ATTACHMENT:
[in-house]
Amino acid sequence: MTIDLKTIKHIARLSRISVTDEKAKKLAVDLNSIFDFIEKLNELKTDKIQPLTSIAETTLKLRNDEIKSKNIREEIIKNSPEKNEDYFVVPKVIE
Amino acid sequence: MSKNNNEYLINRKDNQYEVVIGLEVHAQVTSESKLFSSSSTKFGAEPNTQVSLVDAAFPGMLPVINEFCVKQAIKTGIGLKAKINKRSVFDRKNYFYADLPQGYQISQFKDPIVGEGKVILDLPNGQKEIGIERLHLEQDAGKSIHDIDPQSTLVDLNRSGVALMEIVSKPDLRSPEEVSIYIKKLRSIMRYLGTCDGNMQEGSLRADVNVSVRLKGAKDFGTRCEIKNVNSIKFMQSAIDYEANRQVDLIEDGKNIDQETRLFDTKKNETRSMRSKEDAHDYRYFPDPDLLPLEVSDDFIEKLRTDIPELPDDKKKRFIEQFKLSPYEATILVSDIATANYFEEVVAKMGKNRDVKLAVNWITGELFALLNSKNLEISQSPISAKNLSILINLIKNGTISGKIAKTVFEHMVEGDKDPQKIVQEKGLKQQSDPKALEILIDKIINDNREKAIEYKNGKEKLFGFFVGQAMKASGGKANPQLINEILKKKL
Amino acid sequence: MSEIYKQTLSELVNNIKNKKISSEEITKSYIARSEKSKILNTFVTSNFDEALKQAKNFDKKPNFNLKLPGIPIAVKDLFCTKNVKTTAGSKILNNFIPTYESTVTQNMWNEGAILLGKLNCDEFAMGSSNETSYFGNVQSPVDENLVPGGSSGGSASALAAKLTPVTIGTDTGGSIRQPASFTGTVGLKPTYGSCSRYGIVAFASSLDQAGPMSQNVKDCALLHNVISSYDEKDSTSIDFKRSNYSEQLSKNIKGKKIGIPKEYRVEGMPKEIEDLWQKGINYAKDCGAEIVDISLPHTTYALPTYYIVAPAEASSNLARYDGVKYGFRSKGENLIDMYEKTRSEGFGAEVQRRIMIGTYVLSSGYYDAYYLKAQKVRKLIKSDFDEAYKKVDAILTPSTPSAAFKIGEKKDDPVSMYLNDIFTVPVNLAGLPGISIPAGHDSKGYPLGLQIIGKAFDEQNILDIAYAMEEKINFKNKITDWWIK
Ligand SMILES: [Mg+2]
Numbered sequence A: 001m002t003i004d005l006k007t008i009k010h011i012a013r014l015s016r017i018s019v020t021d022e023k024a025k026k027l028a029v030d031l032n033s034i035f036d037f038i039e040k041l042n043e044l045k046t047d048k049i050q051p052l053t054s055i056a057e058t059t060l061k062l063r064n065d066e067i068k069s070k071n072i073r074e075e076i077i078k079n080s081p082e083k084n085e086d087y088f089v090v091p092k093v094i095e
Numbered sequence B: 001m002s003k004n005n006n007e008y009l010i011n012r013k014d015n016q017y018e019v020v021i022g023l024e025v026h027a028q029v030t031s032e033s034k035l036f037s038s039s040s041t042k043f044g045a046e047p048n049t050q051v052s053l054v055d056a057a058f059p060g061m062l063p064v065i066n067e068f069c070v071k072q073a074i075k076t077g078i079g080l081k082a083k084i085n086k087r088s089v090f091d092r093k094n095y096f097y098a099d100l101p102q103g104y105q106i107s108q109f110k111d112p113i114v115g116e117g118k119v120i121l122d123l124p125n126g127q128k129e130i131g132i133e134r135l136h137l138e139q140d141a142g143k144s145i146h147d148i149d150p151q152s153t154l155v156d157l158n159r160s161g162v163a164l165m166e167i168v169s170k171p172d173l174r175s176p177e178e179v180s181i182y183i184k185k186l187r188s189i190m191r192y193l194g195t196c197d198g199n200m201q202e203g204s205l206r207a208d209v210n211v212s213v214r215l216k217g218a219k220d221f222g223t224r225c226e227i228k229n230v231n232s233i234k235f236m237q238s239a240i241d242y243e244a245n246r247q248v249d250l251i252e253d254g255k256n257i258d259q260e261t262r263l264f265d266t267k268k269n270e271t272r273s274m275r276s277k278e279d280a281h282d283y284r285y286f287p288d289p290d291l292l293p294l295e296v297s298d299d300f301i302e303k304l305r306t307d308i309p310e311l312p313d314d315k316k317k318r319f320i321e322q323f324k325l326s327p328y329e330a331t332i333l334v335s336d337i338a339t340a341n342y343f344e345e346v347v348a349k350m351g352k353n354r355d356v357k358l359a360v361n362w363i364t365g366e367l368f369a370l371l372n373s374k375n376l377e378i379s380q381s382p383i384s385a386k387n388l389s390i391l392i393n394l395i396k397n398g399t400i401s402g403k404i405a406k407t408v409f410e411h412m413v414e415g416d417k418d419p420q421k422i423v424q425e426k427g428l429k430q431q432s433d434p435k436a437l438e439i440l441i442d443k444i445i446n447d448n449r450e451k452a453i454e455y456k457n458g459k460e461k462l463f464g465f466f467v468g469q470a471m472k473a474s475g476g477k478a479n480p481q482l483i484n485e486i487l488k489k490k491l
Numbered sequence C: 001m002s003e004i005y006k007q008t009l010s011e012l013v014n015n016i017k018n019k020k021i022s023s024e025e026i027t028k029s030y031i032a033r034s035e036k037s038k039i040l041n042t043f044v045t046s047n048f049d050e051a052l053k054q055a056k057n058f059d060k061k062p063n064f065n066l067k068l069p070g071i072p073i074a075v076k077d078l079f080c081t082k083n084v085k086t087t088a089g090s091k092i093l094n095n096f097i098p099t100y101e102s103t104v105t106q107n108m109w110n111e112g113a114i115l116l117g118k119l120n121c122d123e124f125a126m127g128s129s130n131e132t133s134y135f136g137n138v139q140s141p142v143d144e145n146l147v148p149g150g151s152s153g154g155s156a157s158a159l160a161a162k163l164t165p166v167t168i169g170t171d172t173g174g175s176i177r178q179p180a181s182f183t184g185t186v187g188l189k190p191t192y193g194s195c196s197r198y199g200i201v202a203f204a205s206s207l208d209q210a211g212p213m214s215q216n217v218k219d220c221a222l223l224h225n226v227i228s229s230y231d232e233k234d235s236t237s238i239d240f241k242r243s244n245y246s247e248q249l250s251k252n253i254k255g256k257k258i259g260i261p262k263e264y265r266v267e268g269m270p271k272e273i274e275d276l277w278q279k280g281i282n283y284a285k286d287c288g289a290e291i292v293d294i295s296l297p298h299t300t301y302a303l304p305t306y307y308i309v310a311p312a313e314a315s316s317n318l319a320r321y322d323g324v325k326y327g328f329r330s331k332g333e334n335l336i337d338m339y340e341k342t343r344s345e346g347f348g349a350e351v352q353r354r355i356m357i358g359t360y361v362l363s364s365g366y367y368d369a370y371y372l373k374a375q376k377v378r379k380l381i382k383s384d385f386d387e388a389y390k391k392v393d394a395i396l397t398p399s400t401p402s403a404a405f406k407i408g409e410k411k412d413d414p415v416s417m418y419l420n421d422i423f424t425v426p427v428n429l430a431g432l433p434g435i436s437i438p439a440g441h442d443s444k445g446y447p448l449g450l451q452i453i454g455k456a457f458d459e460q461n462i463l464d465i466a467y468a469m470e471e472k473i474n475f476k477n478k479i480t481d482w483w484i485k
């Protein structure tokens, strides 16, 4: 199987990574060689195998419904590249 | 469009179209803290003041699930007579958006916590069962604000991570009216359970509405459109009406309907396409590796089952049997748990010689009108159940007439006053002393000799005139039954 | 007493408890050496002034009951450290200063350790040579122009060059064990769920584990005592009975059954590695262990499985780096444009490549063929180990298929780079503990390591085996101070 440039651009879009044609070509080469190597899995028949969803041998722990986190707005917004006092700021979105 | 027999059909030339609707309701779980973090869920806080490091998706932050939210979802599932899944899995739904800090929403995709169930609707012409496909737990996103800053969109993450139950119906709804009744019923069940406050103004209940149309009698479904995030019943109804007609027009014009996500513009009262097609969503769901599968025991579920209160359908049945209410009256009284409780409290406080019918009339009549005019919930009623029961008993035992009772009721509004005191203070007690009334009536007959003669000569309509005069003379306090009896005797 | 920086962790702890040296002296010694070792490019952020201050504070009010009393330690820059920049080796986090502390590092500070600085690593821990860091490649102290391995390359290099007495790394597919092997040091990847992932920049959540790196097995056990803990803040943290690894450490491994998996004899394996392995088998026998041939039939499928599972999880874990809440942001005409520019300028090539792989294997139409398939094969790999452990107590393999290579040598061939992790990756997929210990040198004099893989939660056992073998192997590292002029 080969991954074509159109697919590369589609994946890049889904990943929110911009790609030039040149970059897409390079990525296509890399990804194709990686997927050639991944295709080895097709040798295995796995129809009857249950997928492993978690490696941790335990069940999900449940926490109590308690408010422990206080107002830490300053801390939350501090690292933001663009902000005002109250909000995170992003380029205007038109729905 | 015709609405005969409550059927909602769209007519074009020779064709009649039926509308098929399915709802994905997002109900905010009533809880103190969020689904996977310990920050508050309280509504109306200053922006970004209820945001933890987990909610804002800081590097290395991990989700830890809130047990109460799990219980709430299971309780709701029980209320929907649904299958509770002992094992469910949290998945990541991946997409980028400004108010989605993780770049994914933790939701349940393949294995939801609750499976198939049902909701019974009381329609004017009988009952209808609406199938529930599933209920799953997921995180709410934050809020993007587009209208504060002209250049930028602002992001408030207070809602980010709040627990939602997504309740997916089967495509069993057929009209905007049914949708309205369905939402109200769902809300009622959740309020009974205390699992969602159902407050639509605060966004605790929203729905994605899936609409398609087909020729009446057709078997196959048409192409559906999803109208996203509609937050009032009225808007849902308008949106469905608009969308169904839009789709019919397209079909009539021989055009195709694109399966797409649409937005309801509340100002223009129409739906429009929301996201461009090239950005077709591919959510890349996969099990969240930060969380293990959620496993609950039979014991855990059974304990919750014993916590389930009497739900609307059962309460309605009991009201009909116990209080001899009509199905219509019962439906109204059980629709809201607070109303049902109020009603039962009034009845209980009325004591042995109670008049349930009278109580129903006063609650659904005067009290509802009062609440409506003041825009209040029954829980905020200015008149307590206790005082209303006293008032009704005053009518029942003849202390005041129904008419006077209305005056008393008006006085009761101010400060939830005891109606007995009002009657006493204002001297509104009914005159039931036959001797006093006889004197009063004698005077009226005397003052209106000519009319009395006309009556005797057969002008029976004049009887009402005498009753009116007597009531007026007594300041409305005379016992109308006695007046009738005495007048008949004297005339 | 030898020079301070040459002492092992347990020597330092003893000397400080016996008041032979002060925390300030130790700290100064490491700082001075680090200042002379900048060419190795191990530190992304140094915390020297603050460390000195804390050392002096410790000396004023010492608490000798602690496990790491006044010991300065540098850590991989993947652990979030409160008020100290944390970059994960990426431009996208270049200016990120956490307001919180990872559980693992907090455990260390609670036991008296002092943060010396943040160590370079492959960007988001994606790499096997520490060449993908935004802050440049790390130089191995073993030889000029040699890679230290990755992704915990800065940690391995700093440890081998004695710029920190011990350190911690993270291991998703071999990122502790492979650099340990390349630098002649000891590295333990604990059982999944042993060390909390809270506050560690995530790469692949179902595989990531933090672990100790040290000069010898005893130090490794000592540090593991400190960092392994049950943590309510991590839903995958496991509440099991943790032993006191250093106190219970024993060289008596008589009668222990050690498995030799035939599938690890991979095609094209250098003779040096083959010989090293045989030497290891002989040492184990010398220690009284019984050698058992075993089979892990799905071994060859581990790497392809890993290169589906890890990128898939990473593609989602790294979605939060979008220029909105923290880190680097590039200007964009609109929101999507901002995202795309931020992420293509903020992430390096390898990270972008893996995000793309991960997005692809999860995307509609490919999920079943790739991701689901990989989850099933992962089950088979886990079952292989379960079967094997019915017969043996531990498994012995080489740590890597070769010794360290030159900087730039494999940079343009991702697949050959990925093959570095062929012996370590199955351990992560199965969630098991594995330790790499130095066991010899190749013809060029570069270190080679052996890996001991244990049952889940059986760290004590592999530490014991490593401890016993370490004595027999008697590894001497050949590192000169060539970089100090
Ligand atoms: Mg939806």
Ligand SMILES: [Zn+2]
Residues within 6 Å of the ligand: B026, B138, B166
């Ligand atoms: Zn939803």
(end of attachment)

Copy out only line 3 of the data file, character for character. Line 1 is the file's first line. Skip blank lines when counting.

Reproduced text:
Amino acid sequence: MSKNNNEYLINRKDNQYEVVIGLEVHAQVTSESKLFSSSSTKFGAEPNTQVSLVDAAFPGMLPVINEFCVKQAIKTGIGLKAKINKRSVFDRKNYFYADLPQGYQISQFKDPIVGEGKVILDLPNGQKEIGIERLHLEQDAGKSIHDIDPQSTLVDLNRSGVALMEIVSKPDLRSPEEVSIYIKKLRSIMRYLGTCDGNMQEGSLRADVNVSVRLKGAKDFGTRCEIKNVNSIKFMQSAIDYEANRQVDLIEDGKNIDQETRLFDTKKNETRSMRSKEDAHDYRYFPDPDLLPLEVSDDFIEKLRTDIPELPDDKKKRFIEQFKLSPYEATILVSDIATANYFEEVVAKMGKNRDVKLAVNWITGELFALLNSKNLEISQSPISAKNLSILINLIKNGTISGKIAKTVFEHMVEGDKDPQKIVQEKGLKQQSDPKALEILIDKIINDNREKAIEYKNGKEKLFGFFVGQAMKASGGKANPQLINEILKKKL